None of this has stopped a great deal of continuing speculation on cinema and tv screens. There are a number of straight tellings of the Jack the Ripper case that include The Lodger (1944), Room to Let (1950), Man in the Attic (1953), Jack the Ripper (1959), the Spanish Jack the Ripper of London (1971) with Paul Naschy, Jess Francos Jack the Ripper (1976) with Klaus Kinski, Jack the Ripper (tv mini-series, 1988) starring Michael Caine, The Ripper (1997) and the Alan Moore graphic novel adaptation From Hell (2001) with Johnny Depp. What is notable among most of these is their lack of focus on the basic facts of the case and their dealing instead with some of the more fanciful and way-out Ripper theories like the absurd Prince Albert Victor and Royal Freemason Conspiracy theories (something the mini-series here appropriately calls the biggest load of bunkum to ever taint Ripperology) or invented suspects. More prevalent have been speculative treatments, including the likes of:- having the contemporary but fictional figure of Sherlock Holmes solve the mystery in A Study in Terror (1965) and Murder By Decree (1979); the Ripper being an alien spirit that possesses Scotty in Star Treks Wolf in the Fold (1966) and with similar stories occurring in episodes of Kolchak: The Night Stalker (1974-5) and The Outer Limits (1995-2002); the Ripper being Dr Jekyll in both Dr Jekyll and Sister Hyde (1971) and Edge of Sanity (1989); Jack the Rippers daughter featuring in Hands of the Ripper (1971); H.G. Wells and the Ripper travelling through time to the present day in Time After Time (1979) and its tv series remake Time After Time (2017), as well as a time-travelling Ripper appearing in episodes of tv series like Fantasy Island (1977-84), Goodnight Sweetheart (1993-9) and Timecop (1997-8); The Ripper having travelled out West in the Knife in the Darkness (1968) episode of the Western Cimarron Strip (1967-8);The Ripper being resurrected or copycated in the present day in The Ripper (1985), Bridge Across Time (tv movie, 1986), Jacks Back (1988), Ripper: Letter from Hell (2001), Bad Karma (2002), The Legend of Bloody Jack (2007) and The Lodger (2009); a parody segment of Amazon Women on the Moon (1987) that speculates that the Ripper was in fact the Loch Ness Monster; the Babylon 5 episode Comes the Inquisitor (1995) that reveals the Ripper was taken up by aliens and redeemed; transposed to Gotham City in the animated Batman: Gotham By Gaslight (2018); even turning up as a character in the French animated film Jack and the Cuckoo-Clock Heart (2013). Also of interest is the tv series Ripper Street (2012 ), a detective series set in London in the immediate aftermath of the Ripper killings.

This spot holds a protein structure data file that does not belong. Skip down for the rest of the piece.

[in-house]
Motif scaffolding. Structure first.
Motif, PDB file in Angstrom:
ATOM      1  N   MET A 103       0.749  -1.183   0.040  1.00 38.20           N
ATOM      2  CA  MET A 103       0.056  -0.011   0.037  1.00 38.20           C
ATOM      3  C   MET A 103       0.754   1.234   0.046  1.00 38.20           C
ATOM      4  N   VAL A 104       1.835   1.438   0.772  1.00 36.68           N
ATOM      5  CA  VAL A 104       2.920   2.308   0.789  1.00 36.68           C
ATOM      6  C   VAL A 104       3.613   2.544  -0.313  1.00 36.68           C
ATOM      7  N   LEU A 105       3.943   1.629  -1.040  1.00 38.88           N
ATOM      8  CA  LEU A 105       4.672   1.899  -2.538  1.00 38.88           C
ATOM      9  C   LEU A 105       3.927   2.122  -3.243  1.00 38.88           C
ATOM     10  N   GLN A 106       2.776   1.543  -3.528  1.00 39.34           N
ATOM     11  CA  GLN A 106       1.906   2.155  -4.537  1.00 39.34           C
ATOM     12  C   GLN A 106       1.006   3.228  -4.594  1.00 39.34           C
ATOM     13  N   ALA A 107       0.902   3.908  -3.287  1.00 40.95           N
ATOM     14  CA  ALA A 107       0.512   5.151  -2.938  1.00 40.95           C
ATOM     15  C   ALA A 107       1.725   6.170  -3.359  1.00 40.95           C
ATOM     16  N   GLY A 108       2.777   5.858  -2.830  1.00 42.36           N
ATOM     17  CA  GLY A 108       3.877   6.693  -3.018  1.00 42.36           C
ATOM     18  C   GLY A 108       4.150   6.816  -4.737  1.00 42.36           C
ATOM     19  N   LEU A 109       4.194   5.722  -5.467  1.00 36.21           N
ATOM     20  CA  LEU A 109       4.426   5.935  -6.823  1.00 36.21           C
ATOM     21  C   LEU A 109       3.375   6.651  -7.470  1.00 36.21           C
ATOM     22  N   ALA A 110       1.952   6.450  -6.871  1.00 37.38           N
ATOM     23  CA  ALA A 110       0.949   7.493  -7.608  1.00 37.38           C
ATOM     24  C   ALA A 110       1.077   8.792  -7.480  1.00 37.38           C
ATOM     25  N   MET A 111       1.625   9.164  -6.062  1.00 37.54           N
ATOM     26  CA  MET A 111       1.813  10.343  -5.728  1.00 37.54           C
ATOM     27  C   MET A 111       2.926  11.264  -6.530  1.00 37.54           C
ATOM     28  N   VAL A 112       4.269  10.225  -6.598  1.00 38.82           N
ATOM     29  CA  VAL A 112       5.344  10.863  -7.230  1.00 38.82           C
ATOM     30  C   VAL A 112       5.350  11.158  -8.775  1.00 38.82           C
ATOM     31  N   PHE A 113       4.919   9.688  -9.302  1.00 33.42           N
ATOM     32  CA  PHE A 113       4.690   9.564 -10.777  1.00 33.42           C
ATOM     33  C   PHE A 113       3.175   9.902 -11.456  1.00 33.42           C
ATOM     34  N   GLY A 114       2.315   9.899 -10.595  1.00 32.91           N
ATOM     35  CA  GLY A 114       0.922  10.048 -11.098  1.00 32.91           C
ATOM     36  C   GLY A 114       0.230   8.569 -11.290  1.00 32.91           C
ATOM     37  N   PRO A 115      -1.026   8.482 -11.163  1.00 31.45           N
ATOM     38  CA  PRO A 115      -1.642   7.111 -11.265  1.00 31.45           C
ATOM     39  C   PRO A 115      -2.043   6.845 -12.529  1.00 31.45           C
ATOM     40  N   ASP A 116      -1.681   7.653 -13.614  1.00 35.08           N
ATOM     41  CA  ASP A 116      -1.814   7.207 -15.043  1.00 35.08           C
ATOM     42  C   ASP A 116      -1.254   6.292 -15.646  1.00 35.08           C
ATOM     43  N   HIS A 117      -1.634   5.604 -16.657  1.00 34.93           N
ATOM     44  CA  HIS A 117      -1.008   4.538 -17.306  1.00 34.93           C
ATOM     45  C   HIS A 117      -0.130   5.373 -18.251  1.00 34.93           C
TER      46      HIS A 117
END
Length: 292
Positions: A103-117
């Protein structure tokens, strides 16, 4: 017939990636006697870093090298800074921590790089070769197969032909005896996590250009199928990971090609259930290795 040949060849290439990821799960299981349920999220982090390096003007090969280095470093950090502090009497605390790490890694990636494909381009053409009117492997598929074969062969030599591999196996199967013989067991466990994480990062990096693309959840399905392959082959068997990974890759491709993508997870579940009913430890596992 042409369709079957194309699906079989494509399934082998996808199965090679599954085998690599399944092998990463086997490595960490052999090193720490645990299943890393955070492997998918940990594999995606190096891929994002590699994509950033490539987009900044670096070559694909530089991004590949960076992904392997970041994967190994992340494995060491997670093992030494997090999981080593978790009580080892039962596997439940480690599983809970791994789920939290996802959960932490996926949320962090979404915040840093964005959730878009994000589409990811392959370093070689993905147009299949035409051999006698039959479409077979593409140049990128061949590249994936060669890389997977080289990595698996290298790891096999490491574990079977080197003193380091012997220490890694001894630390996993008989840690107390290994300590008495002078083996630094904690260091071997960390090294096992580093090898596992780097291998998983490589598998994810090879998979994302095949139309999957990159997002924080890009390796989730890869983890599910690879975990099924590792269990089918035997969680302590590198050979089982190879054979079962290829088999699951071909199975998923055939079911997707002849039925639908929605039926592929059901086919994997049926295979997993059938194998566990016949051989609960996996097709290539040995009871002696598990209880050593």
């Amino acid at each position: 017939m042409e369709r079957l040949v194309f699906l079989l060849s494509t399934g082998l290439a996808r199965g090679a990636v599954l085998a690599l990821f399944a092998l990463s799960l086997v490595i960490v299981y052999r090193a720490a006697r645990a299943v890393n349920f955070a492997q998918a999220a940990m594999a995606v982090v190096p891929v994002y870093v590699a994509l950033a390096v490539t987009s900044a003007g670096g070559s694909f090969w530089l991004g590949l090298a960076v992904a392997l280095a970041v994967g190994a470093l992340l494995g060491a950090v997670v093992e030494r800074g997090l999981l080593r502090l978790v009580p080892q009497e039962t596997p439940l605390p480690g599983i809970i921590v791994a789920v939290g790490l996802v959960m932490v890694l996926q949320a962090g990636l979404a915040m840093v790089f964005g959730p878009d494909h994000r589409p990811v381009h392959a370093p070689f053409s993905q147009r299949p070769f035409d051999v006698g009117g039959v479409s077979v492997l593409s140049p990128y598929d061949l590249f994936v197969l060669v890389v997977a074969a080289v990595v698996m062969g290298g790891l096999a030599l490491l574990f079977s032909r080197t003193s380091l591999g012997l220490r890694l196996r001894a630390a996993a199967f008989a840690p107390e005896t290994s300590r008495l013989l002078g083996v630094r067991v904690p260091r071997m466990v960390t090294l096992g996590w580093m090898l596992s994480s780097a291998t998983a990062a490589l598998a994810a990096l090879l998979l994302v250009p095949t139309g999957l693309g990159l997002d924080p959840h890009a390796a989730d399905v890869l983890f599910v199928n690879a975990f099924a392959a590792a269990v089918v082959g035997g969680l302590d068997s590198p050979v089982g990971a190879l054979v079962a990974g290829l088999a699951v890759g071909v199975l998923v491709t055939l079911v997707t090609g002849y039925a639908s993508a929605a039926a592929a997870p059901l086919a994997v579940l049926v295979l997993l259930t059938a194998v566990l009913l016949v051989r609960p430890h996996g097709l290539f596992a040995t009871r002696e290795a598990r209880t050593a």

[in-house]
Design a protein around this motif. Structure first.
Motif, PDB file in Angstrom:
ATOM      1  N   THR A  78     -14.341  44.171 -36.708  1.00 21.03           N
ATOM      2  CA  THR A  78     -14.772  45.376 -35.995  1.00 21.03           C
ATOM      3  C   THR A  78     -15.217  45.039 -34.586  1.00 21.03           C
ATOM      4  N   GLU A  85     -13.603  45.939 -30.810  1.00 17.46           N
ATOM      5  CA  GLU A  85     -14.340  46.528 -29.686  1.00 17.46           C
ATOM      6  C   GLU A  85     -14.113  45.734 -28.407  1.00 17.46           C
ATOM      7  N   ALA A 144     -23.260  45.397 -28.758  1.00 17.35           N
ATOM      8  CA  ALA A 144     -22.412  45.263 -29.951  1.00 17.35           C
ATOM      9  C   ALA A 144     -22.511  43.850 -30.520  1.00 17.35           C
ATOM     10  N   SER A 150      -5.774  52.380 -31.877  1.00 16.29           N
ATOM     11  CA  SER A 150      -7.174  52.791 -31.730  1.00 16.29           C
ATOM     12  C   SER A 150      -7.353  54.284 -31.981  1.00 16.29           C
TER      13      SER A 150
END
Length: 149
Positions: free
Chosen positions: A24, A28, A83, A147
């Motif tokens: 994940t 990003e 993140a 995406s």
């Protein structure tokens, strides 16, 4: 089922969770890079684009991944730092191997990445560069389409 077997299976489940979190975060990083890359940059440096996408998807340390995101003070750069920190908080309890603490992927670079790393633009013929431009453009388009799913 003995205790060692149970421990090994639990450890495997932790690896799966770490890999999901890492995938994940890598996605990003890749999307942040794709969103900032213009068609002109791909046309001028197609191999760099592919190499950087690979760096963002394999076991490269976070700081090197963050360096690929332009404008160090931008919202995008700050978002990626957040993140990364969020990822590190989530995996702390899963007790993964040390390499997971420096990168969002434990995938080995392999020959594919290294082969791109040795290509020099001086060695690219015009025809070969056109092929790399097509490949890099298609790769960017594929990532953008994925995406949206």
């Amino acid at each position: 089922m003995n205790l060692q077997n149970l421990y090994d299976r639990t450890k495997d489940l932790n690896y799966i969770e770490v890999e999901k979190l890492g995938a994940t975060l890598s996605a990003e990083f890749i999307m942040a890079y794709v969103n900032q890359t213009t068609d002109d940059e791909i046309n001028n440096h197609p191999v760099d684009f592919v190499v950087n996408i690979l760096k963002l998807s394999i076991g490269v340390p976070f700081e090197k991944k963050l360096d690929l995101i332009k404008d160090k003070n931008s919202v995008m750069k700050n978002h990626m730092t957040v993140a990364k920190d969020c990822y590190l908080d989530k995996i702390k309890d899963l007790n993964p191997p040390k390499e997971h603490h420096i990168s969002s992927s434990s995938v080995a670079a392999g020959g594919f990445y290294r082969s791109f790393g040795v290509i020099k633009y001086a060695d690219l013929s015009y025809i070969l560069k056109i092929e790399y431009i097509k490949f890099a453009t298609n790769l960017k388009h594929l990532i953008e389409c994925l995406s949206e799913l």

Whitechapel offers up a fascinating modern interpretation. It becomes in many senses a meta-fictional Jack the Ripper story it winds in a Ripperologist who runs a Ripper tour who alternately becomes a source of information and a suspect. It is the only Jack the Ripper-based work that can be said to have been filmed on the locations where the original events took place (or at least the modern equivalent of them as the mini-series points out, only one of the locations is still standing). The mini-series writers have certainly researched their Ripperology. They know their theories and victimology well even introducing Martha Tabram as a strong potential victim, as many Ripperologists do. The mini-series even goes so far as to give characters throughout the names of people around the periphery of the original Jack the Ripper case the boyfriend of the first victim who is briefly suspected is named Robert Lees after the clairvoyant who contacted the police offering up evidence as to the identity of the killer; the police woman Mary Bousfield who later becomes a victim is named after Martha Tabrams landlord; and the last victim this Ripper targets is called Frances Cole after a non-canonical murder victim who may or may not have been killed by the Ripper.